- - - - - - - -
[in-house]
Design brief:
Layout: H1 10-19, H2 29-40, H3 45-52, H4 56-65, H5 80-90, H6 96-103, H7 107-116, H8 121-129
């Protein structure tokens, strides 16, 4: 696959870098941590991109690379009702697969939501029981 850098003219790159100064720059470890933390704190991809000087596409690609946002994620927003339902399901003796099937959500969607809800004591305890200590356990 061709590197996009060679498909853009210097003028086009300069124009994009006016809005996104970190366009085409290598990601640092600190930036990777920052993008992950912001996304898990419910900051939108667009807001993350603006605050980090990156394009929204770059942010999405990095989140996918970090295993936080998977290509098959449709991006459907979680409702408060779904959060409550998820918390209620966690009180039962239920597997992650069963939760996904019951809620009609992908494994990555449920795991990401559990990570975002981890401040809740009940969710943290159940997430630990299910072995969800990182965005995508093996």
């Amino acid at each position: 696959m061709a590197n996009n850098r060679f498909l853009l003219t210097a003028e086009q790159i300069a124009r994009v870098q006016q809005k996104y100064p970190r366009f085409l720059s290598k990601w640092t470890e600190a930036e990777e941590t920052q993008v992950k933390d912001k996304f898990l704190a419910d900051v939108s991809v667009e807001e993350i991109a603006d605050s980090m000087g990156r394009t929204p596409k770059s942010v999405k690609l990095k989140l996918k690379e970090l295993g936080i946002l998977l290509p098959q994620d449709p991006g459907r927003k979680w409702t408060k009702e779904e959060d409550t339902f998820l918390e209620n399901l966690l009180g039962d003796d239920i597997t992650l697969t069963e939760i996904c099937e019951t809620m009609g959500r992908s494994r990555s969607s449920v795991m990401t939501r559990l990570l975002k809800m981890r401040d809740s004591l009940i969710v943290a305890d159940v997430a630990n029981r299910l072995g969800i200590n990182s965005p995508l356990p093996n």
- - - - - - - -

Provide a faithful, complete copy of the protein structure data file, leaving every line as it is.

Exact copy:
[in-house]
Design brief:
Layout: H1 10-19, H2 29-40, H3 45-52, H4 56-65, H5 80-90, H6 96-103, H7 107-116, H8 121-129
């Protein structure tokens, strides 16, 4: 696959870098941590991109690379009702697969939501029981 850098003219790159100064720059470890933390704190991809000087596409690609946002994620927003339902399901003796099937959500969607809800004591305890200590356990 061709590197996009060679498909853009210097003028086009300069124009994009006016809005996104970190366009085409290598990601640092600190930036990777920052993008992950912001996304898990419910900051939108667009807001993350603006605050980090990156394009929204770059942010999405990095989140996918970090295993936080998977290509098959449709991006459907979680409702408060779904959060409550998820918390209620966690009180039962239920597997992650069963939760996904019951809620009609992908494994990555449920795991990401559990990570975002981890401040809740009940969710943290159940997430630990299910072995969800990182965005995508093996």
């Amino acid at each position: 696959m061709a590197n996009n850098r060679f498909l853009l003219t210097a003028e086009q790159i300069a124009r994009v870098q006016q809005k996104y100064p970190r366009f085409l720059s290598k990601w640092t470890e600190a930036e990777e941590t920052q993008v992950k933390d912001k996304f898990l704190a419910d900051v939108s991809v667009e807001e993350i991109a603006d605050s980090m000087g990156r394009t929204p596409k770059s942010v999405k690609l990095k989140l996918k690379e970090l295993g936080i946002l998977l290509p098959q994620d449709p991006g459907r927003k979680w409702t408060k009702e779904e959060d409550t339902f998820l918390e209620n399901l966690l009180g039962d003796d239920i597997t992650l697969t069963e939760i996904c099937e019951t809620m009609g959500r992908s494994r990555s969607s449920v795991m990401t939501r559990l990570l975002k809800m981890r401040d809740s004591l009940i969710v943290a305890d159940v997430a630990n029981r299910l072995g969800i200590n990182s965005p995508l356990p093996n």